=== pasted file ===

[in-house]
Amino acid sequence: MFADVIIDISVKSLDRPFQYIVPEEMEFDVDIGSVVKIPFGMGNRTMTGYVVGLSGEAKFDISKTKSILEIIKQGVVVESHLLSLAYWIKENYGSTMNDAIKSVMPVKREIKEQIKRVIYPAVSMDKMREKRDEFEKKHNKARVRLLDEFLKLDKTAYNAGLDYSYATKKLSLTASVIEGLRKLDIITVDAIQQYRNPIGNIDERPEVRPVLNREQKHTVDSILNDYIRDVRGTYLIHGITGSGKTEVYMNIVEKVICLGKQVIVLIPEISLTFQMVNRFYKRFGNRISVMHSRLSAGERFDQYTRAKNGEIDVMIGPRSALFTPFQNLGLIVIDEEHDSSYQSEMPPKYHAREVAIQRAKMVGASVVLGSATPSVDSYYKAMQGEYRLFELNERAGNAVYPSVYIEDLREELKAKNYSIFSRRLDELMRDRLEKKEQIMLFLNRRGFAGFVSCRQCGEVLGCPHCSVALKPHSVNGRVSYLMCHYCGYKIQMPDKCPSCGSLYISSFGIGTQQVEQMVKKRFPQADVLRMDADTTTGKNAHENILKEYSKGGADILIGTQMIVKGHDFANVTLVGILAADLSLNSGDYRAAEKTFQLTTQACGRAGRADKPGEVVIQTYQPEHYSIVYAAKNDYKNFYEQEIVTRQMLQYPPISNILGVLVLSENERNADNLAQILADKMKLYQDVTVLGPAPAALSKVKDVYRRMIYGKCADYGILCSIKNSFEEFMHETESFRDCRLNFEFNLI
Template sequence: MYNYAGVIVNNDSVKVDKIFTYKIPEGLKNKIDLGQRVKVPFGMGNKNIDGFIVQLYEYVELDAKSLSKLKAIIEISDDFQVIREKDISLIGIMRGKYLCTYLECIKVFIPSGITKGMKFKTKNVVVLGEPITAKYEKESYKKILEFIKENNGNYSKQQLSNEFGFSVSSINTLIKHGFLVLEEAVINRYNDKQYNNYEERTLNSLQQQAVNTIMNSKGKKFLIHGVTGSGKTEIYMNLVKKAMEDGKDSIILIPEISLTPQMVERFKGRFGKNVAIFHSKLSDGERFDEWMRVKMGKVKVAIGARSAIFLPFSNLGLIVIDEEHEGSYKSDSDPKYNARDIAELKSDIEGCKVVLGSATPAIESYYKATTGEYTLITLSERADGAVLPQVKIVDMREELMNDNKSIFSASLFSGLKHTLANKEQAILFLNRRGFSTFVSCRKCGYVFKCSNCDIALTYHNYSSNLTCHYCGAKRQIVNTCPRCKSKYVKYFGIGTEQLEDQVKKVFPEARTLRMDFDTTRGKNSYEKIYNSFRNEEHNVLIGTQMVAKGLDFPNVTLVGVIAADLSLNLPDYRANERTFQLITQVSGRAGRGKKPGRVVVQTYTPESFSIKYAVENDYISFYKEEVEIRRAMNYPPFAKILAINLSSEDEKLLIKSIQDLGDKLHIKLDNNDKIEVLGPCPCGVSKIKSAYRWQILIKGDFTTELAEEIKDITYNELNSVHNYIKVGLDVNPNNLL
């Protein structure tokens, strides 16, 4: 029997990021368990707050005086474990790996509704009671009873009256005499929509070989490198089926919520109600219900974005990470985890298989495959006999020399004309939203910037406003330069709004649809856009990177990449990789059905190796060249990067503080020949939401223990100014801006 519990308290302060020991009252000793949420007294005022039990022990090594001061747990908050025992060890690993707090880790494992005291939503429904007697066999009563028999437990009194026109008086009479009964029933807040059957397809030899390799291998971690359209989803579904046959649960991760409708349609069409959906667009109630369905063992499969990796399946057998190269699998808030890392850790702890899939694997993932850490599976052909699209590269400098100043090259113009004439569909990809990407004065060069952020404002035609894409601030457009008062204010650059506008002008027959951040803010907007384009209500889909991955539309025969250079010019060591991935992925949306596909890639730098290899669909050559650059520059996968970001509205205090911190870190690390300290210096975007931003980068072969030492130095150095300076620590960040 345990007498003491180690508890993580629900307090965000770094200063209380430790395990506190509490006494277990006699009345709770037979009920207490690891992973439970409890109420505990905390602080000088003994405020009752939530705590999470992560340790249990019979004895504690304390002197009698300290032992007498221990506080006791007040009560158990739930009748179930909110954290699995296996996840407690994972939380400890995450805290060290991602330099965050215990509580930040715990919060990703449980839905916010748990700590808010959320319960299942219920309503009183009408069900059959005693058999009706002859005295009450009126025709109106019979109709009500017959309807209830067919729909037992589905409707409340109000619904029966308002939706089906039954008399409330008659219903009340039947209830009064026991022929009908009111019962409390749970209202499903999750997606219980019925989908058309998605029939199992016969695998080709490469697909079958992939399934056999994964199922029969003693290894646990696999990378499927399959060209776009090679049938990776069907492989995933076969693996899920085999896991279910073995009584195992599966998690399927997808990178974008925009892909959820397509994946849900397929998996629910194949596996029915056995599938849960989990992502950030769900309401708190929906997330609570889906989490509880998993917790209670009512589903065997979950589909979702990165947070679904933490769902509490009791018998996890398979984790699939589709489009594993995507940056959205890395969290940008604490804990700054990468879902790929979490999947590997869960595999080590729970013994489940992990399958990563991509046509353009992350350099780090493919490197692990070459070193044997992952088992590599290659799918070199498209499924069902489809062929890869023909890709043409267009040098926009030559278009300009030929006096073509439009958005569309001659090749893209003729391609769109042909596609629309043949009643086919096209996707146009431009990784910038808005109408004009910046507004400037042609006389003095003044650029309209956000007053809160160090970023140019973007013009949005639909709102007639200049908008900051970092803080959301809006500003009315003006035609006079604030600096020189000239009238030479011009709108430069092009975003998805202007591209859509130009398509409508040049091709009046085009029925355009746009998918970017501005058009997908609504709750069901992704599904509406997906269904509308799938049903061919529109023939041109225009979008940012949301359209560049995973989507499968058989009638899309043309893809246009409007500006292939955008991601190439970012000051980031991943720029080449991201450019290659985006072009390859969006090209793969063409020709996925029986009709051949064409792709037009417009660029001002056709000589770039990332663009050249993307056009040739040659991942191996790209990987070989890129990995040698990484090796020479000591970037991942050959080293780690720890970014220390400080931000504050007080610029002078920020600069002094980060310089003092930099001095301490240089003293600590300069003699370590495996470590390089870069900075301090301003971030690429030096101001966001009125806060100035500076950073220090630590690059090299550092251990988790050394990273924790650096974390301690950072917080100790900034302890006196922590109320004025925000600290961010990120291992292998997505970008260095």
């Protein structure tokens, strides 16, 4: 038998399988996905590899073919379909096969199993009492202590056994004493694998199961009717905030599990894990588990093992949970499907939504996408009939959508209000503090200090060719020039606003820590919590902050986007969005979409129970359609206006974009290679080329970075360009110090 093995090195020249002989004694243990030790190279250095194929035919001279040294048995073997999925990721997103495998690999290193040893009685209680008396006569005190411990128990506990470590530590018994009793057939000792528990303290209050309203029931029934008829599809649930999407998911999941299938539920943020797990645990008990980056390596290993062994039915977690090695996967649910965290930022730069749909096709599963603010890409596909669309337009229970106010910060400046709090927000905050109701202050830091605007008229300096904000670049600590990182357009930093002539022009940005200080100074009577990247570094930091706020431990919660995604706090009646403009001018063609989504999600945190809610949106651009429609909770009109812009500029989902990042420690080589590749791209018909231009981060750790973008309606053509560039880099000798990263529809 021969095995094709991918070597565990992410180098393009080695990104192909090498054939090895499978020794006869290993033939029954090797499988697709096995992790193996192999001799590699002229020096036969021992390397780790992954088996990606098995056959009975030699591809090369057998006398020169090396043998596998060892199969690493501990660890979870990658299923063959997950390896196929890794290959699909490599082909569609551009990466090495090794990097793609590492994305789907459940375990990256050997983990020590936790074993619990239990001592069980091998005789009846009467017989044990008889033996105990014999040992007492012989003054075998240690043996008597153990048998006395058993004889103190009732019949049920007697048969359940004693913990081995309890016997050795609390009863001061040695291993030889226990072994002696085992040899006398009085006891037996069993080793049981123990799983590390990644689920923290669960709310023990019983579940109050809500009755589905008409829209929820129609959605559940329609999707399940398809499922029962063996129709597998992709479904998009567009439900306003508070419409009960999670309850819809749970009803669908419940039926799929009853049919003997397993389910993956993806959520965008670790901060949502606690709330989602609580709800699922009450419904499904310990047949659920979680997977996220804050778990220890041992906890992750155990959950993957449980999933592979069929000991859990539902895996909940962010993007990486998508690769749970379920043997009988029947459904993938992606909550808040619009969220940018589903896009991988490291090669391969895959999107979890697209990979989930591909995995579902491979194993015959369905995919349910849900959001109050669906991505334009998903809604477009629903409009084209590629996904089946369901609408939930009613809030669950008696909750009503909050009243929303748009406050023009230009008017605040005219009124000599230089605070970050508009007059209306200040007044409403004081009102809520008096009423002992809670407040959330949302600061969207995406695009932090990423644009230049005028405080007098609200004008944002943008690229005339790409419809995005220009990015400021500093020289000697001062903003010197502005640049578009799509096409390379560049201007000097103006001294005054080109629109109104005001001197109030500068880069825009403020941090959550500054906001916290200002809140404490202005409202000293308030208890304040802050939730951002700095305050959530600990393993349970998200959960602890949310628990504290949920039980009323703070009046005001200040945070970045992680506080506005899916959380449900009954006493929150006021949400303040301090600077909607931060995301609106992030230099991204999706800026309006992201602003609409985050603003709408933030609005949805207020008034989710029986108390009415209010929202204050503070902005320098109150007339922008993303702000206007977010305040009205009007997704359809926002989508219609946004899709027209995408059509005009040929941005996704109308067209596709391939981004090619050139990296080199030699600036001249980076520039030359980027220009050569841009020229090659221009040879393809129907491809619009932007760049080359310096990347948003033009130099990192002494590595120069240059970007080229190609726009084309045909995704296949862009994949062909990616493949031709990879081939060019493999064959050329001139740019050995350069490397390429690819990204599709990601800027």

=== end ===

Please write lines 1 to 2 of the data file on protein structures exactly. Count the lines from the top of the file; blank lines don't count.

[in-house]
Amino acid sequence: MFADVIIDISVKSLDRPFQYIVPEEMEFDVDIGSVVKIPFGMGNRTMTGYVVGLSGEAKFDISKTKSILEIIKQGVVVESHLLSLAYWIKENYGSTMNDAIKSVMPVKREIKEQIKRVIYPAVSMDKMREKRDEFEKKHNKARVRLLDEFLKLDKTAYNAGLDYSYATKKLSLTASVIEGLRKLDIITVDAIQQYRNPIGNIDERPEVRPVLNREQKHTVDSILNDYIRDVRGTYLIHGITGSGKTEVYMNIVEKVICLGKQVIVLIPEISLTFQMVNRFYKRFGNRISVMHSRLSAGERFDQYTRAKNGEIDVMIGPRSALFTPFQNLGLIVIDEEHDSSYQSEMPPKYHAREVAIQRAKMVGASVVLGSATPSVDSYYKAMQGEYRLFELNERAGNAVYPSVYIEDLREELKAKNYSIFSRRLDELMRDRLEKKEQIMLFLNRRGFAGFVSCRQCGEVLGCPHCSVALKPHSVNGRVSYLMCHYCGYKIQMPDKCPSCGSLYISSFGIGTQQVEQMVKKRFPQADVLRMDADTTTGKNAHENILKEYSKGGADILIGTQMIVKGHDFANVTLVGILAADLSLNSGDYRAAEKTFQLTTQACGRAGRADKPGEVVIQTYQPEHYSIVYAAKNDYKNFYEQEIVTRQMLQYPPISNILGVLVLSENERNADNLAQILADKMKLYQDVTVLGPAPAALSKVKDVYRRMIYGKCADYGILCSIKNSFEEFMHETESFRDCRLNFEFNLI